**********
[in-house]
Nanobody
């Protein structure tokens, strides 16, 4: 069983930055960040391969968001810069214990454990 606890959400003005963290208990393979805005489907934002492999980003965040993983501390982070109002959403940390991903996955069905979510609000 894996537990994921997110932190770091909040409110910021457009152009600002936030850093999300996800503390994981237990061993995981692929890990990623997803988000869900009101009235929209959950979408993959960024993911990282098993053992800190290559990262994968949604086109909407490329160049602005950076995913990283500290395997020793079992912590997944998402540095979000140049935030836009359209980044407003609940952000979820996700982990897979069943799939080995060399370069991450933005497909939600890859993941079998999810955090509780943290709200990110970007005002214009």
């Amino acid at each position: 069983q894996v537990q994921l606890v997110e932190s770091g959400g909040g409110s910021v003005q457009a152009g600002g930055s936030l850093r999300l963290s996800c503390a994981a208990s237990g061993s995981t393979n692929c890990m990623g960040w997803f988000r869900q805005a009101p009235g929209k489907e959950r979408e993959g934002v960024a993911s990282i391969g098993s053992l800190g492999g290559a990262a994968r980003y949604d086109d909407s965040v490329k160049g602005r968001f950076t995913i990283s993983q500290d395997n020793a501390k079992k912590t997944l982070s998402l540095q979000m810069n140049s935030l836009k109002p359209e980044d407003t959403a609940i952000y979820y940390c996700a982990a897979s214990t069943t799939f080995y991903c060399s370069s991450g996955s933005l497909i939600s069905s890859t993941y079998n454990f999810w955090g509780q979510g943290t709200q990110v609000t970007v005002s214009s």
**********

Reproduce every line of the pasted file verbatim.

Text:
[in-house]
Nanobody
């Protein structure tokens, strides 16, 4: 069983930055960040391969968001810069214990454990 606890959400003005963290208990393979805005489907934002492999980003965040993983501390982070109002959403940390991903996955069905979510609000 894996537990994921997110932190770091909040409110910021457009152009600002936030850093999300996800503390994981237990061993995981692929890990990623997803988000869900009101009235929209959950979408993959960024993911990282098993053992800190290559990262994968949604086109909407490329160049602005950076995913990283500290395997020793079992912590997944998402540095979000140049935030836009359209980044407003609940952000979820996700982990897979069943799939080995060399370069991450933005497909939600890859993941079998999810955090509780943290709200990110970007005002214009």
């Amino acid at each position: 069983q894996v537990q994921l606890v997110e932190s770091g959400g909040g409110s910021v003005q457009a152009g600002g930055s936030l850093r999300l963290s996800c503390a994981a208990s237990g061993s995981t393979n692929c890990m990623g960040w997803f988000r869900q805005a009101p009235g929209k489907e959950r979408e993959g934002v960024a993911s990282i391969g098993s053992l800190g492999g290559a990262a994968r980003y949604d086109d909407s965040v490329k160049g602005r968001f950076t995913i990283s993983q500290d395997n020793a501390k079992k912590t997944l982070s998402l540095q979000m810069n140049s935030l836009k109002p359209e980044d407003t959403a609940i952000y979820y940390c996700a982990a897979s214990t069943t799939f080995y991903c060399s370069s991450g996955s933005l497909i939600s069905s890859t993941y079998n454990f999810w955090g509780q979510g943290t709200q990110v609000t970007v005002s214009s």